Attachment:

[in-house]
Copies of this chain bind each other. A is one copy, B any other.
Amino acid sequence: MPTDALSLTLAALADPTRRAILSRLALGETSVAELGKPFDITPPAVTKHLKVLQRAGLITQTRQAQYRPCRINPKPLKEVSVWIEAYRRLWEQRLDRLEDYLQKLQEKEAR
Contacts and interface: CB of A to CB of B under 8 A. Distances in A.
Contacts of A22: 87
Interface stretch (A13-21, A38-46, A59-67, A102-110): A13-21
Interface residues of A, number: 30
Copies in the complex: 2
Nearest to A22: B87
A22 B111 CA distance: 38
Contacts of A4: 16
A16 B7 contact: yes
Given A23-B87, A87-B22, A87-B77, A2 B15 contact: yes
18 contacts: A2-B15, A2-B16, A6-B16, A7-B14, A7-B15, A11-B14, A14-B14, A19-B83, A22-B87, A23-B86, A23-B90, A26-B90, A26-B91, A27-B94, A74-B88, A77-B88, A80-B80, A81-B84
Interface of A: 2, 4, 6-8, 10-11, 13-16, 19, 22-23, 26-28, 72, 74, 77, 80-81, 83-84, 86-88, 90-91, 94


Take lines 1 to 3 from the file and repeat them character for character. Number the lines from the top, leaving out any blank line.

[in-house]
Copies of this chain bind each other. A is one copy, B any other.
Amino acid sequence: MPTDALSLTLAALADPTRRAILSRLALGETSVAELGKPFDITPPAVTKHLKVLQRAGLITQTRQAQYRPCRINPKPLKEVSVWIEAYRRLWEQRLDRLEDYLQKLQEKEAR